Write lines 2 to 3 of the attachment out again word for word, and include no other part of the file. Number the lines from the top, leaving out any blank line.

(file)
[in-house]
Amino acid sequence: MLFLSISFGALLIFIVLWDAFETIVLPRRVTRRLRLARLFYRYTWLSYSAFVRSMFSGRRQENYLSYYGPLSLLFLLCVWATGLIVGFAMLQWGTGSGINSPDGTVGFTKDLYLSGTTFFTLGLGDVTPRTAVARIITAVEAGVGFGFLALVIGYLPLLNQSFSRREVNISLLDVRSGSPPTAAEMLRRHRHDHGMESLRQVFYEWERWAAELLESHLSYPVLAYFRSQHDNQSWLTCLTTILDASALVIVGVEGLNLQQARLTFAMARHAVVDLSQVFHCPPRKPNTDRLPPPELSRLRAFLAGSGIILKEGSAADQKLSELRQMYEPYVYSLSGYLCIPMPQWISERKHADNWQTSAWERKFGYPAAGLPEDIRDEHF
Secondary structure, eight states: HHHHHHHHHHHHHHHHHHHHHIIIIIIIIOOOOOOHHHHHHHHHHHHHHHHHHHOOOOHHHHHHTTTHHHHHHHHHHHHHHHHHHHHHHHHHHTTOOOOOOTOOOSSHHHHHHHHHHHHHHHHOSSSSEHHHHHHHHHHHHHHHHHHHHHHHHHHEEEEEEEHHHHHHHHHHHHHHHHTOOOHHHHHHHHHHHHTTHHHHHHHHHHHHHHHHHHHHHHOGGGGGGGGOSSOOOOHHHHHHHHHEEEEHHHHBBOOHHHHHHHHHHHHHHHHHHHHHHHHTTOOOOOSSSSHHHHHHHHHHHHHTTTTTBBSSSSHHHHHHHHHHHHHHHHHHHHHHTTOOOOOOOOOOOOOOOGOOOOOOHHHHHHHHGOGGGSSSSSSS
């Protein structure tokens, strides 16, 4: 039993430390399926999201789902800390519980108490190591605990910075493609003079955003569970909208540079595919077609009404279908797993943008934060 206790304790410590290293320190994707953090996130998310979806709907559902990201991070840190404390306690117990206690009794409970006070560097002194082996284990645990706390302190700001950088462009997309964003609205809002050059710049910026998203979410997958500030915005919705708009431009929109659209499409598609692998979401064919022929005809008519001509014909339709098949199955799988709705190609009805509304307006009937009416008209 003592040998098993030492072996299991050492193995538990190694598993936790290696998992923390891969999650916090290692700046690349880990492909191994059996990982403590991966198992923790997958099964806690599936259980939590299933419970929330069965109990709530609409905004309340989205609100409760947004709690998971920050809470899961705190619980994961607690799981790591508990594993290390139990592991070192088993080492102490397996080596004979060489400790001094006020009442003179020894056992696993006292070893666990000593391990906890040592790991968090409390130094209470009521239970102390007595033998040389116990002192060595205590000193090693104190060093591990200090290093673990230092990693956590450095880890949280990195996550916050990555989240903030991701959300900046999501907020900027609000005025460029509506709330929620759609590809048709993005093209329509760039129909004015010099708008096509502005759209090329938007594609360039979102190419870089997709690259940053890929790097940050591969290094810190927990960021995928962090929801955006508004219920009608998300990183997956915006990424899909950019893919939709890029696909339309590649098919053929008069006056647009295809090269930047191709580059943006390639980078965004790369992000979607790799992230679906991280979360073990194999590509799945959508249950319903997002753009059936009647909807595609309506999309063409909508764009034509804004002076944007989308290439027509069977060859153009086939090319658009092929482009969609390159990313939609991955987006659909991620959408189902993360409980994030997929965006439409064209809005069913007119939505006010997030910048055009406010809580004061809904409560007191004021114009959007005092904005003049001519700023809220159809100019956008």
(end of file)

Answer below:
Amino acid sequence: MLFLSISFGALLIFIVLWDAFETIVLPRRVTRRLRLARLFYRYTWLSYSAFVRSMFSGRRQENYLSYYGPLSLLFLLCVWATGLIVGFAMLQWGTGSGINSPDGTVGFTKDLYLSGTTFFTLGLGDVTPRTAVARIITAVEAGVGFGFLALVIGYLPLLNQSFSRREVNISLLDVRSGSPPTAAEMLRRHRHDHGMESLRQVFYEWERWAAELLESHLSYPVLAYFRSQHDNQSWLTCLTTILDASALVIVGVEGLNLQQARLTFAMARHAVVDLSQVFHCPPRKPNTDRLPPPELSRLRAFLAGSGIILKEGSAADQKLSELRQMYEPYVYSLSGYLCIPMPQWISERKHADNWQTSAWERKFGYPAAGLPEDIRDEHF
Secondary structure, eight states: HHHHHHHHHHHHHHHHHHHHHIIIIIIIIOOOOOOHHHHHHHHHHHHHHHHHHHOOOOHHHHHHTTTHHHHHHHHHHHHHHHHHHHHHHHHHHTTOOOOOOTOOOSSHHHHHHHHHHHHHHHHOSSSSEHHHHHHHHHHHHHHHHHHHHHHHHHHEEEEEEEHHHHHHHHHHHHHHHHTOOOHHHHHHHHHHHHTTHHHHHHHHHHHHHHHHHHHHHHOGGGGGGGGOSSOOOOHHHHHHHHHEEEEHHHHBBOOHHHHHHHHHHHHHHHHHHHHHHHHTTOOOOOSSSSHHHHHHHHHHHHHTTTTTBBSSSSHHHHHHHHHHHHHHHHHHHHHHTTOOOOOOOOOOOOOOOGOOOOOOHHHHHHHHGOGGGSSSSSSS